Apparently the state that pioneered the drive-thru daiquiri shop is just too damn prop-ah to designate an official state cocktail, even one that was invented there....
The Louisiana Senate on Tuesday rejected a proposal to honor the New Orleans cocktail known as the Sazerac.
The bill by Sen. Ed Murray would have made the whiskey-based beverage the official state cocktail. Murray, D-New Orleans, noted that the drink was created in his home city and has become world famous. But Sen. Buddy Shaw and several other senators said it was inappropriate to honor an alcoholic beverage.
"Is there a possibility that we could be encouraging folks, who were not intending to drink, that it would be acceptable and they could become an alcoholic?" Shaw asked.
"No," Murray replied.
Others speaking in opposition were Sens. Jody Amedee, D-Gonzales, John Smith, D-Leesville, and Gerald Long, R-Natchitoches. All three said passing the bill would "send the wrong message" about the state.
Rep. Lowell C. Hazel, a freshman Republican from Pineville, wants the Louisiana Legislature to go into greater detail regarding illegal activities between a hooker and a john. Right now, state law generally refers to "sexual intercourse," with only brief illustrations. Hazel's House Bill 40 would clarify that "sexual intercourse includes oral, anal or vaginal intercourse."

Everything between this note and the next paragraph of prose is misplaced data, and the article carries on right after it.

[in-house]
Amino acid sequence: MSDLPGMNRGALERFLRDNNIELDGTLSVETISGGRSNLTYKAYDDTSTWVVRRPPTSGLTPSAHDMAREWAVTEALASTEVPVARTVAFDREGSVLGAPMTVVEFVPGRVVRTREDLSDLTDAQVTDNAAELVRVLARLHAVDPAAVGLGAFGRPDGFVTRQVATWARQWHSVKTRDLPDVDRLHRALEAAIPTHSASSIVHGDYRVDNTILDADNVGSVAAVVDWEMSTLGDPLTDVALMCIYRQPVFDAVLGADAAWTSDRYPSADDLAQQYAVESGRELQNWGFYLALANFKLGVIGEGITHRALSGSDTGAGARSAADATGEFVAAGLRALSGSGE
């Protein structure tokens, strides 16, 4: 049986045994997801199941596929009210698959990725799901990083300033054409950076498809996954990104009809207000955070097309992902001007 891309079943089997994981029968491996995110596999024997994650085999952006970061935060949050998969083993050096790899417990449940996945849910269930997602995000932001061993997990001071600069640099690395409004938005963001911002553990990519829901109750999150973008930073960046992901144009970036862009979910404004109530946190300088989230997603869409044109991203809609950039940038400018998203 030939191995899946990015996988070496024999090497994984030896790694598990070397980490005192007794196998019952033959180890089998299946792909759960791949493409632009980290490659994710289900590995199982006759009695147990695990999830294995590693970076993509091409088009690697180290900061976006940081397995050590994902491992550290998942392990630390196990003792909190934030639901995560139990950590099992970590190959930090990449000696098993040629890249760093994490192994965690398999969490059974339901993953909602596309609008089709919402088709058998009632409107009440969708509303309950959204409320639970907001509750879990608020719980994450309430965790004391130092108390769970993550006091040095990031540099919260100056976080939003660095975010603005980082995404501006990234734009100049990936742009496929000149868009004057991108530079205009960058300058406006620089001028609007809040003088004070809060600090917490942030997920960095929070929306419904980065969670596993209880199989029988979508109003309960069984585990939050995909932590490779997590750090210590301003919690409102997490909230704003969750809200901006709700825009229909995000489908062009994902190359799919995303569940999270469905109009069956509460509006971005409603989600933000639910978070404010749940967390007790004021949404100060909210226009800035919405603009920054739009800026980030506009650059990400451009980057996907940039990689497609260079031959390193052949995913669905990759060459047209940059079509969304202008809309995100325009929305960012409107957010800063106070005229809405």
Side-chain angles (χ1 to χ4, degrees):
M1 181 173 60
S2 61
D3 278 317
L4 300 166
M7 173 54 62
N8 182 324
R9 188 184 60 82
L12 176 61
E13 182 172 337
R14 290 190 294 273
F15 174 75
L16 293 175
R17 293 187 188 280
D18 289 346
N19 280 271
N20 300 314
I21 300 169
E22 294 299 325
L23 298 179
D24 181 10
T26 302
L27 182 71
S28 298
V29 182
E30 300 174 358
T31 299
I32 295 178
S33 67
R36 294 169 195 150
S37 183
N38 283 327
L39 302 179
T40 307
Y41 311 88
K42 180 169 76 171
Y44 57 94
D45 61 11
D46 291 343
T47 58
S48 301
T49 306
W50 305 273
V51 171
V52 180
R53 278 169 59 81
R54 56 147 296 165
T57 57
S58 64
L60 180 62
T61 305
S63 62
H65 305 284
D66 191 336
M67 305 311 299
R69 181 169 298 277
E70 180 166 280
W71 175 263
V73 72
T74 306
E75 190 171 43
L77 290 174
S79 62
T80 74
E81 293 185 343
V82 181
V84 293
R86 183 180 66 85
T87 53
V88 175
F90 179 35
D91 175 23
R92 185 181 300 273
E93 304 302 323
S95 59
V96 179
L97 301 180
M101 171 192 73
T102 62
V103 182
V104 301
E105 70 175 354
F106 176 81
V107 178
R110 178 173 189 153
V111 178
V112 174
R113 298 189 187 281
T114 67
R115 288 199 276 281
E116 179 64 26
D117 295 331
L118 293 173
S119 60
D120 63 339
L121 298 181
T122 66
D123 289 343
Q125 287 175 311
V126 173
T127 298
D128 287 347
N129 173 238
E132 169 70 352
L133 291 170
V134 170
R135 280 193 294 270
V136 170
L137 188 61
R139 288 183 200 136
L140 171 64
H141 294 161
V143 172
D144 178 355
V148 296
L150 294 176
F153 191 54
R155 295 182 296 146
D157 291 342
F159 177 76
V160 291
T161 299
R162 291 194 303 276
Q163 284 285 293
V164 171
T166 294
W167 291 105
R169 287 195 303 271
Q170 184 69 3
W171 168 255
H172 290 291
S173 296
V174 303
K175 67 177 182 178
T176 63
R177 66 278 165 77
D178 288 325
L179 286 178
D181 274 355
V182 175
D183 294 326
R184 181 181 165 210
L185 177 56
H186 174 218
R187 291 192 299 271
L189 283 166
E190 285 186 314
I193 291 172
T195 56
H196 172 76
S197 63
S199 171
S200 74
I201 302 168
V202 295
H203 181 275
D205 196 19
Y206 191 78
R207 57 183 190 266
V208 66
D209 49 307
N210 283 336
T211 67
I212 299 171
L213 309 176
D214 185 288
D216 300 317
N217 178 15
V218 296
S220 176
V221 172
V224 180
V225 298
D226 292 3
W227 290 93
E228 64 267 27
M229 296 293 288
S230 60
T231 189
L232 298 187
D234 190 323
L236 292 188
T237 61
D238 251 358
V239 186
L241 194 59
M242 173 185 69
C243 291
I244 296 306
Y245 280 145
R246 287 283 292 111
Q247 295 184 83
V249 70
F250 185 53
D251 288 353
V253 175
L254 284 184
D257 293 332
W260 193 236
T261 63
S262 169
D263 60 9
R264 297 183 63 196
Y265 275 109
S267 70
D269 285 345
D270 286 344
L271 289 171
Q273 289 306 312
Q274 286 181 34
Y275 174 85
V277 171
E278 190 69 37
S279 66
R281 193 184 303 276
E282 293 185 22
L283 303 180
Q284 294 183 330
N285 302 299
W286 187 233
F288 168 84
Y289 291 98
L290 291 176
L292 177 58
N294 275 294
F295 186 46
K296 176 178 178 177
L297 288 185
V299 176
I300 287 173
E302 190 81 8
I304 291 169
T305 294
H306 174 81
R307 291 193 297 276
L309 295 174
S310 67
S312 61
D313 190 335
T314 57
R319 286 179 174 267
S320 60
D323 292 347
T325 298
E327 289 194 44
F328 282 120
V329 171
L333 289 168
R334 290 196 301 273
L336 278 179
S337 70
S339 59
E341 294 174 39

House Concurrent Resolution 4, which urges the state to amend the Louisiana State Plumbing Code to require privacy partitions between urinals in male restrooms. Rep. Mickey James Guillory (D-Eunice) notes that his bill only seeks to implement what is already in the International Plumbing Code, but adds the primary concern is homosexual behavior, some of which is "being directed at 8-year-olds and 9-year-olds" and not just adults, he says.
Guillory says the idea for the resolution actually came from Paul Marx, founder of Louisiana Proud Radio, a 25,000-watt station in Eunice that's better known as KBON and is found at 101.1 FM. "This was a topic that was on the radio show and people called in pretty heavy to share stories and talk about what's going on. This is a pretty serious problem," Guillory says.
I went to a KBON party a few months ago and didn't notice any wide stances or shrimp boots tapping out Morse code in the toilets, but then again, my looks have been fading for a while.
At any rate, it's good to know that Baton Rouge is busy with "serious problems" and sending out the right messages to the world. When alcoholism is eradicated in Louisiana, you'll know who to thank.